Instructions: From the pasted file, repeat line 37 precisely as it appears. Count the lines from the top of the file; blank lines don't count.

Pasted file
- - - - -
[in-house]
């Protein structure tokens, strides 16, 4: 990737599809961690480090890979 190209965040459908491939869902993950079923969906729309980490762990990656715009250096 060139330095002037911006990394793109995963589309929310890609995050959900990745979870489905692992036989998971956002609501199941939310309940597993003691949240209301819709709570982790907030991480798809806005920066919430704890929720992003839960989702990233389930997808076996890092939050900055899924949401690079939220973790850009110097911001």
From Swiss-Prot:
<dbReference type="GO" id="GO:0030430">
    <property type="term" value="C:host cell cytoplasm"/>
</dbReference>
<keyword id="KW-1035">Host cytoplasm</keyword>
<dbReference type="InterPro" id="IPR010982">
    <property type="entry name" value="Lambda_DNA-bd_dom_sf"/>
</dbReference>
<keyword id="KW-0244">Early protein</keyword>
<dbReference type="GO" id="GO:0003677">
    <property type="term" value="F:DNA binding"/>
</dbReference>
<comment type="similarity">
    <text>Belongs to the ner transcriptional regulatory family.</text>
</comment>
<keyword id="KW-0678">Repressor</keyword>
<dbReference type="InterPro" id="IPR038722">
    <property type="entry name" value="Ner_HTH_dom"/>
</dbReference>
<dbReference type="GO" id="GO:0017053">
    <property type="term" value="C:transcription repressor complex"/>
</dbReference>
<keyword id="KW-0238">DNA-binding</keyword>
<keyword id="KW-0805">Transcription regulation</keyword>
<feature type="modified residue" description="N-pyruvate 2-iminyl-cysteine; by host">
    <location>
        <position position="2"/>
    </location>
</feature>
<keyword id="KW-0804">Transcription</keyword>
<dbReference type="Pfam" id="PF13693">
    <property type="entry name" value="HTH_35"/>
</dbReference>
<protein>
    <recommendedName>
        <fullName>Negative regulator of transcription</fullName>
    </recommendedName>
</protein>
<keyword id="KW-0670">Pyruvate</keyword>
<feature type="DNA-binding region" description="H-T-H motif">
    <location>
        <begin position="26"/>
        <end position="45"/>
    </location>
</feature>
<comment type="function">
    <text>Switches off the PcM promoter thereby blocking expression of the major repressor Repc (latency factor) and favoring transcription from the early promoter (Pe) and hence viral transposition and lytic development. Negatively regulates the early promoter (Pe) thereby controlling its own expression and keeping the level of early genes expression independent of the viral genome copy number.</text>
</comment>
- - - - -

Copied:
    <recommendedName>